Trade and worker protections, COVID-19 safety and suppression, and border security and migrant rights are all key issues the U.S. and Mexico must tackle in order to maintain a strong partnership in years to come.
Aug. 9, 2021

The economic vitality of both countries relies heavily on the other. Mexico is the U.S.’s largest goods and services trade partner with $677.3 billion in total goods traded between the two countries during 2019. In 2015, U.S. exports of goods and services to Mexico supported an estimated 1.2 million jobs. This crucial economy of shared goods, services and capital requires protections for workers against unfair trade practices and exploitation. 

The North American Free Trade Agreement (NAFTA) trade deal, which regulated free trade between the U.S., Mexico, and Canada, was replaced under the Trump administration by the United States-Mexico-Canada Agreement (USMCA). ​​Current U.S. Ambassador of Trade Katherine Tai said that “[the USMCA’s] most important feature is that it provides us a framework for pursuing a positive economic agenda that lifts up workers and communities across our three countries.”

This framework was tested in early July when the U.S. and Mexican governments investigated a labor complaint citing potential violations of worker protections at the General Motors’ facility in Silao, Guanajuato. The two governments agreed to a comprehensive plan to ensure international labor standards are being enforced in Silao.

“This agreement shows the commitment of the Biden-Harris administration to centering workers in our trade policy and, if executed faithfully, it promises to result in meaningful gains for workers on both sides of our border,” U.S. Secretary of Labor Marty Walsh said. 

While the mutual enforcement of USMCA helps to safeguard workers’ rights, those on the frontline also need protection against COVID-19. Unfortunately, vaccine doses are in short supply in Mexico.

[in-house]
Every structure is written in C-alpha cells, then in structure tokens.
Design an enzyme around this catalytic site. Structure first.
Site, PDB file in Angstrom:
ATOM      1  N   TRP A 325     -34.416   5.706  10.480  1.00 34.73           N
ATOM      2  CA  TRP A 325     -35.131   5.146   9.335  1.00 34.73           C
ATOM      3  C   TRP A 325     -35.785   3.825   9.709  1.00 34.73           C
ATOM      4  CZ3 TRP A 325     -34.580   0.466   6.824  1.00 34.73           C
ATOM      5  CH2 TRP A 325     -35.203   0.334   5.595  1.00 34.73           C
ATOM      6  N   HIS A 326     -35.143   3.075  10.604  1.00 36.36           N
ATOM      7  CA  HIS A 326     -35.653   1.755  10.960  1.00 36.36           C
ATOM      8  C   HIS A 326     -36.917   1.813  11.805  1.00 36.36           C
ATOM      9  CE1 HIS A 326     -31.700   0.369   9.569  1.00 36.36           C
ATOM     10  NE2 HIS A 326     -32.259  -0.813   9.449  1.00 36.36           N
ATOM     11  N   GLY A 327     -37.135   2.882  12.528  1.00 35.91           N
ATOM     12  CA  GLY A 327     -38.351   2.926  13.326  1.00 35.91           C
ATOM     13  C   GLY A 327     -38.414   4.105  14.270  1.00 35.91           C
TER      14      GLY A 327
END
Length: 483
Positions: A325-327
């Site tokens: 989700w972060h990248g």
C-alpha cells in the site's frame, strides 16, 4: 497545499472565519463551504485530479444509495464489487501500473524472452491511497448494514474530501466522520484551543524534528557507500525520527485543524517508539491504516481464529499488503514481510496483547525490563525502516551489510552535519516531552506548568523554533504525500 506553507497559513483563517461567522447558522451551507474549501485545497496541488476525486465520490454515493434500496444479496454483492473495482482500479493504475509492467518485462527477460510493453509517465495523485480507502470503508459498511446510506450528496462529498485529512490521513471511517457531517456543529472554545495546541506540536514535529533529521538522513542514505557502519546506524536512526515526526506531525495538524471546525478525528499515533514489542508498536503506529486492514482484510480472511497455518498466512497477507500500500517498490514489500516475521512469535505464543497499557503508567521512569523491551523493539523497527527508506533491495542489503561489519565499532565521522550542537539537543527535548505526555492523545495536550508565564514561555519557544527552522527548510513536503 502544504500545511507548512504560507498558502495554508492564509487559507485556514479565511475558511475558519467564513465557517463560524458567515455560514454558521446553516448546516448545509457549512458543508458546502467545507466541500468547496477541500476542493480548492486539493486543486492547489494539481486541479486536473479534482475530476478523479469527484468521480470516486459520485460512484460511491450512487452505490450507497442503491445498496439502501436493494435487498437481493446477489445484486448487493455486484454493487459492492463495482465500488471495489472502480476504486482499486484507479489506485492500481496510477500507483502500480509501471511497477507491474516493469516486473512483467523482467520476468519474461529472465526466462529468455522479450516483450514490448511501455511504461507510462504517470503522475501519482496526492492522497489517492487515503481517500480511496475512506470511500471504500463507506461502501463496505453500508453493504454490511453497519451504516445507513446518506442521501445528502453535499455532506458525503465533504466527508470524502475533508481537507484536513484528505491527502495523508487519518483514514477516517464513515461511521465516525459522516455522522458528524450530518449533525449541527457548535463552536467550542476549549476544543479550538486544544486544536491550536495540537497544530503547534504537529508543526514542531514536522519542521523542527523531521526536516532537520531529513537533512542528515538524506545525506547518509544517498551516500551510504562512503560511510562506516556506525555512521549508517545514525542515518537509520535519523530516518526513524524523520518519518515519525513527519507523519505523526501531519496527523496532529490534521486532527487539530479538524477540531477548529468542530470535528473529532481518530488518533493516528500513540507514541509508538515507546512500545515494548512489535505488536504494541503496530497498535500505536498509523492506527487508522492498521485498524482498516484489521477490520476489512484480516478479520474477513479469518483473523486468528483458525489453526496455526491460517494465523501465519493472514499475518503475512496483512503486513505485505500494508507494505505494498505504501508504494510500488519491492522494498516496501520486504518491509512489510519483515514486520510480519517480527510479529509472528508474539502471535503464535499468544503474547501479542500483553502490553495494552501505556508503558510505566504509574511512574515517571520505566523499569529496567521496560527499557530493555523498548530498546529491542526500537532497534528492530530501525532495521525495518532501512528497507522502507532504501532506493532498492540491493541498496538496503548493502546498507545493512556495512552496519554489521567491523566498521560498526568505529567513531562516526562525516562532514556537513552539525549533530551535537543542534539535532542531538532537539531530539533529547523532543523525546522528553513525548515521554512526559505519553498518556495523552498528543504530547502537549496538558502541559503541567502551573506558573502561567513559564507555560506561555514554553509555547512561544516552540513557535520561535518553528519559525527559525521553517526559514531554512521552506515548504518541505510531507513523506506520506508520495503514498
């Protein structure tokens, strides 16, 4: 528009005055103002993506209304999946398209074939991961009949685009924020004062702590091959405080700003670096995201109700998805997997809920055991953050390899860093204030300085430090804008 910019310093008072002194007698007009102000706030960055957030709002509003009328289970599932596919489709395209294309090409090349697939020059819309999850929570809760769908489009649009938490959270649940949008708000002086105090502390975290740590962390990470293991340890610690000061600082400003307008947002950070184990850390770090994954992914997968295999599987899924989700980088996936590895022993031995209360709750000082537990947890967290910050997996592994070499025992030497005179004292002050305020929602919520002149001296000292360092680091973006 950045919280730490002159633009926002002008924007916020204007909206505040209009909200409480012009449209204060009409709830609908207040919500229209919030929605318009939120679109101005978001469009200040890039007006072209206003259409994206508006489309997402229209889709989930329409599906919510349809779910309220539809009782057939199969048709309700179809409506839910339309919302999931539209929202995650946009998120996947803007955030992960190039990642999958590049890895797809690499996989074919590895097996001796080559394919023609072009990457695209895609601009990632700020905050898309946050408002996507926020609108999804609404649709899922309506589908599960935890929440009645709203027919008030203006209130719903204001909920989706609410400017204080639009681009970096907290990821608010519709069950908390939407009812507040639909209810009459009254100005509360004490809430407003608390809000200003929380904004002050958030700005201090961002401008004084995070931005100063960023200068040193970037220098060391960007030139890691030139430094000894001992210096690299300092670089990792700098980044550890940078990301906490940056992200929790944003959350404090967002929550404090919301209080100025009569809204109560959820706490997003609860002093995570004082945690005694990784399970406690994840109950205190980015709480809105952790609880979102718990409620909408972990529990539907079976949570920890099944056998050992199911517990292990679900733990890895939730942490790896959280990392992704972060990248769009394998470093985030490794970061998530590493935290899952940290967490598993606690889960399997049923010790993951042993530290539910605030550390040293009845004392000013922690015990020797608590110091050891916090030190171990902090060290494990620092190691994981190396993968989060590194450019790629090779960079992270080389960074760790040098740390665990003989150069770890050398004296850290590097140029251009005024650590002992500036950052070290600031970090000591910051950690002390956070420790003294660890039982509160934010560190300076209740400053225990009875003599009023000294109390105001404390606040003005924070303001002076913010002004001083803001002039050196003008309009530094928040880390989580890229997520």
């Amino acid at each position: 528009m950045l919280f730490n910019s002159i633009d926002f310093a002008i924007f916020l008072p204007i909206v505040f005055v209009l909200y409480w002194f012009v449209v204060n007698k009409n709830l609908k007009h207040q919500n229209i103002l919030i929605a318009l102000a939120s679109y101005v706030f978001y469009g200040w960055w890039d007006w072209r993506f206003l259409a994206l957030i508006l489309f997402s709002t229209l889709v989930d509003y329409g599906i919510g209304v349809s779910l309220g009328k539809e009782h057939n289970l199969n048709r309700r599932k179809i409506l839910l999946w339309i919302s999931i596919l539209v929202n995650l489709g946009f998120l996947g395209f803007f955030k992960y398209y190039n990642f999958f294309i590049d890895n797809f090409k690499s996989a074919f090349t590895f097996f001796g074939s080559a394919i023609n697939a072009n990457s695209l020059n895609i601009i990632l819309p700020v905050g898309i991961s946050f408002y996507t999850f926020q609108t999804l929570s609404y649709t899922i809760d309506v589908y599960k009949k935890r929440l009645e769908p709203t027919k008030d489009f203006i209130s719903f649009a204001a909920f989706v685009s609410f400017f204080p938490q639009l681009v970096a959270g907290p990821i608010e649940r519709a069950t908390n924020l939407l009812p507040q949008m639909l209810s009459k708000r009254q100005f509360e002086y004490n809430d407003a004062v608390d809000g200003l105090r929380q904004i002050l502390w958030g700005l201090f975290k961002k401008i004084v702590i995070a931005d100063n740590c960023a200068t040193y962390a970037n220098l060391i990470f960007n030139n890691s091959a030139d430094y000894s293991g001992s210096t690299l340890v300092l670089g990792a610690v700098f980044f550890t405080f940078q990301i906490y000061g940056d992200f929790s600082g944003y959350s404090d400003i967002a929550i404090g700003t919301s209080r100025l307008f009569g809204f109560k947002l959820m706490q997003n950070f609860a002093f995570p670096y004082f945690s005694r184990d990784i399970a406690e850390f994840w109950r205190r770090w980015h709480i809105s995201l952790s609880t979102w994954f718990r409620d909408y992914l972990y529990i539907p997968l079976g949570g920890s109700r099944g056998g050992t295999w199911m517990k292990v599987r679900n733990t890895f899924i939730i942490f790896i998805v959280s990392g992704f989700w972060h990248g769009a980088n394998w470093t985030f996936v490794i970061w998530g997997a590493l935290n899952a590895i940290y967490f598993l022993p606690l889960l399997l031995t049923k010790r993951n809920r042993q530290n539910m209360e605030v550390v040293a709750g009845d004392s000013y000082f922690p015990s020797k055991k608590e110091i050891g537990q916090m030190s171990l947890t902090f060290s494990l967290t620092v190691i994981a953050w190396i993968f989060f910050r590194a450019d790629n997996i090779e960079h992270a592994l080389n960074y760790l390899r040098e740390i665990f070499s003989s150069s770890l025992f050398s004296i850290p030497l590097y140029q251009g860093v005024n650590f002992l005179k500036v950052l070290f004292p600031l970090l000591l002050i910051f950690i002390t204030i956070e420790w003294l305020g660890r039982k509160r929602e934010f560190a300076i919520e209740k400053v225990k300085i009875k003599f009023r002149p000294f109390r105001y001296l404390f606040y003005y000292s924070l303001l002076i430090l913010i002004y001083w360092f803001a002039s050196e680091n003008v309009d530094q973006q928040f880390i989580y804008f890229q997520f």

A new binational program uses vaccines that are about to expire in the U.S. to vaccinate Mexican workers. Maquiladora factory workers, who are considered essential workers, from the border city of Reynosa, Mexico, are bused into McAllen, Texas to be vaccinated against COVID-19. Other cross-border vaccination programs in San Diego, El Paso, and Brownsville have successfully vaccinated maquiladora workers in a similar manner.

But many Mexican workers, both essential and not, remain unvaccinated. 

In July, Mexican President Andres Manuel Lopez Obrador (AMLO) announced that Mexico would be prioritizing border states, like Baja California, for those scant available vaccine doses. Mexico’s overall vaccination rate is only 16%, while Baja California now has a vaccination rate of 79%. 

AMLO hopes that Baja California’s vaccination success will convince the U.S. to open the border to non-essential workers in an effort to boost Mexico’s suffering economy. However, the Department of Homeland Security extended restrictions for non-essential travel into the United States from Mexico through August 21.

Travel restrictions between the U.S. and Mexico were initially put into place in March 2020 under the Trump administration. One of these restrictions is Title 42, “the public health rule”, a CDC protocol that allows border officers to send migrants and asylum seekers back into Mexico on public health grounds. 

The Biden administration has not completely removed this Trump-era pandemic restriction, upsetting human rights activists who say that the implementation was never meant to protect public health. and is incompatible with the precepts of the 1951 Convention relating to the Status of Refugees and its 1967 Protocol.

Since March 2020, border authorities have used the public health rule to turn away more than 80,000 migrant families, denying them the right to claim asylum, according to government data. More than 750,000 total persons have been turned away under Title 42, putting many in harm’s way in Northern Mexico. 

The United Nations’ High Commissioner for Refugees Filippo Grandi said the expulsions under Title 42 have “serious humanitarian consequences”. The advocacy group Human Rights First has documented more than 3,200 reported cases of violent assaults against migrants and asylum seekers at the border in Mexico since January 2021, and this number is increasing daily. 

At the U.S.-Mexico border, trade and worker protections, public health concerns, and border justice and migrant rights are all intertwined, and the U.S. must work together with the Mexican government to prevent more dire humanitarian consequences at our shared border now and in the future.